In this colonoscopy-based case-control study we observed the suggestion of an inverse association between plasma 25(OH)D concentration and colorectal adenomas, but not hyperplastic polyps. When we restricted analysis to participants who reported no previous diagnoses of polyps, the inverse association became stronger for adenomas. These results might be expected if previous polyps indicate a predisposition to polyp formation that attenuates an inverse relationship between vitamin D and adenomas. In contrast, restriction in this manner had less impact on the estimate of the association between hyperplastic polyps and 25(OH)D.
To our knowledge, this is the first study to examine the association of circulating vitamin D metabolites with both colorectal hyperplastic polyps and adenomas in the same population. Recent meta-analyses (17
) of previous studies (12
) have supported an inverse relationship between circulating vitamin D metabolites and first occurrence of adenomas; a similar association has been observed for frank colorectal cancer (18
). Vitamin D has not been widely studied as a risk factor for hyperplastic polyps; the only two studies of which we are aware examining crude dietary intake of vitamin D, without direct measurement of circulating vitamin D metabolites, found no association (25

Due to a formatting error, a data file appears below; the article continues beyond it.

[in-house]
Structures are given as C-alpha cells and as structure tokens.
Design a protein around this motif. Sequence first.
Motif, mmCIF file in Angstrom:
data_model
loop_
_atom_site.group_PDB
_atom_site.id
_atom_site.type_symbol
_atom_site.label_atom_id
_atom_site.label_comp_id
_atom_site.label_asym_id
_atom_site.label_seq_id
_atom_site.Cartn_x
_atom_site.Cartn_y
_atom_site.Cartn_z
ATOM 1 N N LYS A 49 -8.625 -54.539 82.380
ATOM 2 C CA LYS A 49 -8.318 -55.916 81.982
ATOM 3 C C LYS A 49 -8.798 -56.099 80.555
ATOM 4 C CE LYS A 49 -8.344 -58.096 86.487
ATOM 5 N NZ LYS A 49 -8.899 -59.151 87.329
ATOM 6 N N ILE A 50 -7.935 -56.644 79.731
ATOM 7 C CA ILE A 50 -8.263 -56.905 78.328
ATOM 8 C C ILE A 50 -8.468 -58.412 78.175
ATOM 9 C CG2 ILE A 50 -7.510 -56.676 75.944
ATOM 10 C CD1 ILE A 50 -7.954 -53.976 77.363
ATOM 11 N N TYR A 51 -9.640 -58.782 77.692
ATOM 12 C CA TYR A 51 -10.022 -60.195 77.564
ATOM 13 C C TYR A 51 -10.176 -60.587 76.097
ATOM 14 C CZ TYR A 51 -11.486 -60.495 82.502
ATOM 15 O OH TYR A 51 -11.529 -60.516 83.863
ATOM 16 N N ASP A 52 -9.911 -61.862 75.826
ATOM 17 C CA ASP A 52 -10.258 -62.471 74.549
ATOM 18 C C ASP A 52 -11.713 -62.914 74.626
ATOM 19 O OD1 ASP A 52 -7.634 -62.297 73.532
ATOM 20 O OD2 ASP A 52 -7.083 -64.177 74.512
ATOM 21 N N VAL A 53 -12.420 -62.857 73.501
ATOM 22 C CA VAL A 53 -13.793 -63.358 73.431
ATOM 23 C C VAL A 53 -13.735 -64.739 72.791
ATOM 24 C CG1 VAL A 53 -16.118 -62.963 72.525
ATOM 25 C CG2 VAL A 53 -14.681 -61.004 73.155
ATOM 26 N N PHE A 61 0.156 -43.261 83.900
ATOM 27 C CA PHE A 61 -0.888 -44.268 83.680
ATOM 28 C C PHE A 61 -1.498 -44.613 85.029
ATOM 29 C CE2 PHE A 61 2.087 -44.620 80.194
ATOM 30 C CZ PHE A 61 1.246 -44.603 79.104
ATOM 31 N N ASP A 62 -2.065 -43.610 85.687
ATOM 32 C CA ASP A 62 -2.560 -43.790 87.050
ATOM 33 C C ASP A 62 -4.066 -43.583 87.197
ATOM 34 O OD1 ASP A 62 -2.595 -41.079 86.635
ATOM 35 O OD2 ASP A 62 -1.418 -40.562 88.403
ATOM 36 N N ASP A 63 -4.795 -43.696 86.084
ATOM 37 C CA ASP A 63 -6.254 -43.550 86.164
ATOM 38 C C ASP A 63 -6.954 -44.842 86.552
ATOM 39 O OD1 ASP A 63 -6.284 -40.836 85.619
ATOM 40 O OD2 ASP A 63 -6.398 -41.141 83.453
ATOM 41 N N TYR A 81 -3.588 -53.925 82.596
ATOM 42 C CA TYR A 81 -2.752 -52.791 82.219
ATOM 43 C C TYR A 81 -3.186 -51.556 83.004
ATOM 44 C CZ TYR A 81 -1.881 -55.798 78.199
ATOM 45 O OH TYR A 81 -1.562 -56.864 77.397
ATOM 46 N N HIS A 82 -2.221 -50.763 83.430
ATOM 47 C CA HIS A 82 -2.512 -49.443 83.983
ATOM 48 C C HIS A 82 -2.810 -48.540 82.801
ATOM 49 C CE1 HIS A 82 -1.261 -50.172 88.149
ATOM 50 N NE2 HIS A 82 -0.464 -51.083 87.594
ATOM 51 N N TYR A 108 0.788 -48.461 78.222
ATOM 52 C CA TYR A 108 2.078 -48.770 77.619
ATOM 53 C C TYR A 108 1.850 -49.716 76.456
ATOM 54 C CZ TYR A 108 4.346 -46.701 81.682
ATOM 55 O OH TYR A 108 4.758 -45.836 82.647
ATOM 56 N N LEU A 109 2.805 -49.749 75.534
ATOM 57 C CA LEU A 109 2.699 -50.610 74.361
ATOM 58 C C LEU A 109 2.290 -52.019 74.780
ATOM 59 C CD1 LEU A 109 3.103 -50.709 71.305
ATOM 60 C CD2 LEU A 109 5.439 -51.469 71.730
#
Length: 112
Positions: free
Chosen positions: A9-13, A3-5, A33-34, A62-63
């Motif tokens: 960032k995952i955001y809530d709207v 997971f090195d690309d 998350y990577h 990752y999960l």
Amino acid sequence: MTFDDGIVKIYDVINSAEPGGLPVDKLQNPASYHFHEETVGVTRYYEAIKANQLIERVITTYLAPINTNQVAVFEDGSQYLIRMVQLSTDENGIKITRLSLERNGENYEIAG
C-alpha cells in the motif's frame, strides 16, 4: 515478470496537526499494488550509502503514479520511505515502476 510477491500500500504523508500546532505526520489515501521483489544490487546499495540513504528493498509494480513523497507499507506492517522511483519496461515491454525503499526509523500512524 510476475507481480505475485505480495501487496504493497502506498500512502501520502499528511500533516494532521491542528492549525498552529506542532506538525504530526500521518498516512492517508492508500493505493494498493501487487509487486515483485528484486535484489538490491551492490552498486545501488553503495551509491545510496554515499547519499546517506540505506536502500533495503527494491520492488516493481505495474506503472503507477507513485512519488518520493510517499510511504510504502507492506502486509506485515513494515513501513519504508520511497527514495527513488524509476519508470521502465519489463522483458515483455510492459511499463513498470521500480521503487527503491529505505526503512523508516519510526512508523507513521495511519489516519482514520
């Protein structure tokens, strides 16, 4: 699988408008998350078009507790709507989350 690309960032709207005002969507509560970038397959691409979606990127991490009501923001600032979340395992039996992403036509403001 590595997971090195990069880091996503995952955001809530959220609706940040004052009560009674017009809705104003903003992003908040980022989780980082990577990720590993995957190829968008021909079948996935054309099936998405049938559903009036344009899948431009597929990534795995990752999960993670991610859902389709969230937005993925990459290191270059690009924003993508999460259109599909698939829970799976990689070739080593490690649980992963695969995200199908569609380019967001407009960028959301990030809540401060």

This study has several strengths, including the performance of colonoscopy on all participants, so that we can be confident that controls were, in fact, polyp-free at the time of this study. Secondly, blood sampling and questionnaire responses were obtained prior to colonoscopy and resulting diagnosis, so that participation rates, recall, and 25(OH)D were unlikely to be affected by case-control status. We were able to identify both adenomas and hyperplastic polyps in the same population, and our results reproduce the well-characterized relation between 25(OH)D and adenoma (17
), increasing our confidence in the findings.
Another important strength is the direct assessment of circulating concentration of the salient vitamin D metabolite, 25(OH)D, with a mass spectrometry-based method that has high sensitivity and specificity for 25(OH)D (28
) and is considered the “gold-standard” for clinical assessment of 25(OH)D (30
). This method can also distinguish 25(OH)D2
). Vitamin D3
is produced in the human body as a result of exposure to UV radiation, is the most common form of vitamin D in supplements, is found in foods such as fish, and is most commonly added to milk (8
). Vitamin D2
is a component of some supplements, for example, those obtained by physician prescription in the US, and may be present in small amounts in some foods such as mushrooms (31
). We observed that 25(OH)D2
levels above 5.1 ng/mL were only found in participants who indicated taking supplements, and that 25(OH)D3